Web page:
Casefile 2: Rheged Mo­tor Dis­man­tlers , Pen­rith

VIZ - - Letterbocks -

The Lake Dis­trict is one of the coun­try’s most popular tourist des­ti­na­tions. And with many vis­i­tors ar­riv­ing by car, the Cum­brian spare part in­dus­try is boom­ing. One busi­ness hop­ing to take ad­van­tage of the de­mand for sec­ond hand auto parts is Rheged Mo­tor Dis­man­tlers in Pen­rith.

Be­fore vis­it­ing, I at­tempted to ring up to re­serve a steer­ing box for an A-reg VW Polo, but my call went unan­swered for five min­utes. Even­tu­ally, a mono­syl­labic man picked up the phone, ex­plain­ing that he had heard the phone but had been at the other end of the yard burning the rub­ber in­su­la­tion off a load of cop­per wire.

He said he thought that there might be a Polo in one of the stacks but he wasn’t sure, and it would prob­a­bly be eas­i­est if I just came round and had a look my­self. I made a pro­vi­sional book­ing and my taxi de­posited me out­side Rheged’s mod­est cor­ru­gated iron and barbed wire-clad premises the next af­ter­noon.

I saw a mem­ber of staff who was at­tempt­ing to wrench open the bon­net of a crashed Seat Al­ham­bra, and I asked him to carry my suit­cases up to re­cep­tion. He looked at me and mut­tered some­thing un­der his breath be­fore turn­ing round and con­tin­u­ing to wres­tle with the bent met­al­work. Note to self: No tip for him!

My first im­pres­sions hadn’t been good, and things didn’t im­prove when I stepped into the re­cep­tion area - an old ship­ping con­tainer sup­ported on bricks. The man­age­ment no doubt claim it’s a case of shabby chic, but to me it ap­peared far more the for­mer than the lat­ter. There were at least three dif­fer­ent mis­matched car­pets strewn across the floor, all of which were filthy and cov­ered in black, oily boot­prints.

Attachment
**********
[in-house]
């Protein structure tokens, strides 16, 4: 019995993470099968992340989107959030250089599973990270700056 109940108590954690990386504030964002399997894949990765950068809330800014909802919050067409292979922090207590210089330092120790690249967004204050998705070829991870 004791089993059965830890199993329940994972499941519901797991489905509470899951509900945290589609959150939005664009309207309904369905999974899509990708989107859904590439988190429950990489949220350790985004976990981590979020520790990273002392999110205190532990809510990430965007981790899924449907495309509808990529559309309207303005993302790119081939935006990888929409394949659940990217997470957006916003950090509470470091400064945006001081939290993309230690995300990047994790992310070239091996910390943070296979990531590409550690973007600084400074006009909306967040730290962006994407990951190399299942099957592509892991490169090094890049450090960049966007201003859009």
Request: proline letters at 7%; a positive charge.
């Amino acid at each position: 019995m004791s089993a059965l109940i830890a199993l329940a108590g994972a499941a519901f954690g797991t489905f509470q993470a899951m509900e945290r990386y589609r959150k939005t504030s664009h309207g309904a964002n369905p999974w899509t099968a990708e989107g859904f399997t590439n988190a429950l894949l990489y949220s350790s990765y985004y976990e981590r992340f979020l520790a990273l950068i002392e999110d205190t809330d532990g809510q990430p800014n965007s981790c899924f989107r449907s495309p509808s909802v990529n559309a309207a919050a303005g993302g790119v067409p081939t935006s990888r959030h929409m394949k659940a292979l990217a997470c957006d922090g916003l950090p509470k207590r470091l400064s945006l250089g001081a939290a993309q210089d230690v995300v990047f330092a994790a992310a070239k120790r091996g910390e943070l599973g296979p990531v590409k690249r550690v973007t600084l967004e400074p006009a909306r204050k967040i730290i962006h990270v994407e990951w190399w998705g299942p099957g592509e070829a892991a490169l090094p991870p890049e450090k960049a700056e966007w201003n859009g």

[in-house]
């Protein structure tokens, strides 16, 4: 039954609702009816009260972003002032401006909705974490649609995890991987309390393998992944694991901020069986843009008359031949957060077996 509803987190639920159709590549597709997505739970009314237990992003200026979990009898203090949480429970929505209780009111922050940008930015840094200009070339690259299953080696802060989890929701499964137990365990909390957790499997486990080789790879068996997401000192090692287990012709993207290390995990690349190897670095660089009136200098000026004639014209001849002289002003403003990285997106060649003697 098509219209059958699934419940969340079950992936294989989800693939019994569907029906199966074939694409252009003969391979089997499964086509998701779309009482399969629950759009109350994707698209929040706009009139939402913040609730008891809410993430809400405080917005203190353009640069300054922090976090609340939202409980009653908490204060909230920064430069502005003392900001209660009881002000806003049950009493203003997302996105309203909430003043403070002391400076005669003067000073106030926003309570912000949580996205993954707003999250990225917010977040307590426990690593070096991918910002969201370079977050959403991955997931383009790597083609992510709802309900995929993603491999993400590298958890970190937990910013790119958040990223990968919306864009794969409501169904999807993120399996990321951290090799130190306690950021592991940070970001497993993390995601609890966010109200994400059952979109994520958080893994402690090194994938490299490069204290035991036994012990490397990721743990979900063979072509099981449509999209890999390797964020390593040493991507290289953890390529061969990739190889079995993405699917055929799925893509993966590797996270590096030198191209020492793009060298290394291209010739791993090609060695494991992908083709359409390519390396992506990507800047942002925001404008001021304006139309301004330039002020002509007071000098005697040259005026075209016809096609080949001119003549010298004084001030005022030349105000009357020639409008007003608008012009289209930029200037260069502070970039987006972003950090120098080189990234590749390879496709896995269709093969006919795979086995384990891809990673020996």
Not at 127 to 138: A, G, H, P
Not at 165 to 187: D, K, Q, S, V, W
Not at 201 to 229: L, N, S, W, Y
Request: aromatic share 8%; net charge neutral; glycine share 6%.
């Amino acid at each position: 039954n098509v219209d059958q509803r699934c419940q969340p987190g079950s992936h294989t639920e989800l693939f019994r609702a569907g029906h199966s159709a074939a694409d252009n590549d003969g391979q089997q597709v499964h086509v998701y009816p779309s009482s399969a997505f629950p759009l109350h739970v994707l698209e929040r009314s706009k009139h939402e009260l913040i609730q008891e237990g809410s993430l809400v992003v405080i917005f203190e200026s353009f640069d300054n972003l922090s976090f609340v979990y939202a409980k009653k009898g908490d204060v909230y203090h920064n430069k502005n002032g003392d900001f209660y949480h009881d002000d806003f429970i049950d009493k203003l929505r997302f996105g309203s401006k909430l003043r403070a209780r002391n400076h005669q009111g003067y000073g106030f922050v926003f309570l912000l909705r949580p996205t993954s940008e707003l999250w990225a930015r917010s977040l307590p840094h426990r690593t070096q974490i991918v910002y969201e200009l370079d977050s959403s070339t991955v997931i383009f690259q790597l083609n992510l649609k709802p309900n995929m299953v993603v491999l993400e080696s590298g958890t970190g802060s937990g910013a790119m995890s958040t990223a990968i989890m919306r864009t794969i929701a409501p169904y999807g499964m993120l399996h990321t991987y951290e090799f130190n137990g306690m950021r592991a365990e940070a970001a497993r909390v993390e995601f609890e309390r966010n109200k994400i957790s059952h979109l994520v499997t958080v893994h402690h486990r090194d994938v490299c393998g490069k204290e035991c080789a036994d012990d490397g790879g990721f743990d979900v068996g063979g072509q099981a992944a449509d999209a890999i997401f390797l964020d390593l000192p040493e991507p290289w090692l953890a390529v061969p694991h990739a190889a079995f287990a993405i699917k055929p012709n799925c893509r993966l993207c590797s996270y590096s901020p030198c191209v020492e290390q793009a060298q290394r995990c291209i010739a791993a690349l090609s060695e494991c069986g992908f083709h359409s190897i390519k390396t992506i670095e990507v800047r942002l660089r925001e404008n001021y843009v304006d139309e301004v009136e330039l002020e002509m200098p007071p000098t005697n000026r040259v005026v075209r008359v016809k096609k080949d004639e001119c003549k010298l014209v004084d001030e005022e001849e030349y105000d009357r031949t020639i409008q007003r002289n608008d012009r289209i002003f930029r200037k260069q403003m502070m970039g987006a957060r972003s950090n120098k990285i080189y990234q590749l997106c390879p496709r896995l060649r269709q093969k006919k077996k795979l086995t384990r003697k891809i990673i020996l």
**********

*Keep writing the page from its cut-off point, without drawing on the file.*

To his credit, the manager was very friendly, kick­ing his oily al­sa­tian re­peat­edly in the head to stop it bark­ing at me while he went off to find the par t I was af­ter. I was keen to in­spect the bath­room fa­cil­i­ties, so I asked him to di­rect me to the near­est toi­let. “For a piss, we usu­ally just go be­hind one of the stacks,” he told me. “But if it’s a shit you’re af­ter there’s an old por­taloo in the cor­ner of the yard.”

Af­ter be­ing quoted £50 for my steer­ing box, I had been hop­ing for an en suite loo. I cer­tainly wasn’t ex­pect­ing to have to walk twenty yards through a sea of oily mud and past an­other two chained up dogs go­ing men­tal in or­der to spend a penny.


The in­side of the toi­lets took my breath away, but not in a good way. In fact, with no op­er­at­ing flush, no lava­tory pa­per, no hand wash­ing fa­cil­i­ties and just a length of dowel to poke the flap open to let the waste drop through, I’d frankly be hard pressed to of­fer the Rheged Mo­tor Dis­man­tlers toi­lets any­thing more than one star at best.

By the time I’d fin­ished and was ready to check out, the manager was back with my steer­ing box. I handed him my Amer­i­can Ex­press card but he handed it straight back. “Sorry love, cash only,” he told me.

This scrap­yard may be set amongst some of Eng­land’s most spec­tac­u­lar scenery, but the ser­vice I re­ceived was far from spe­cial.

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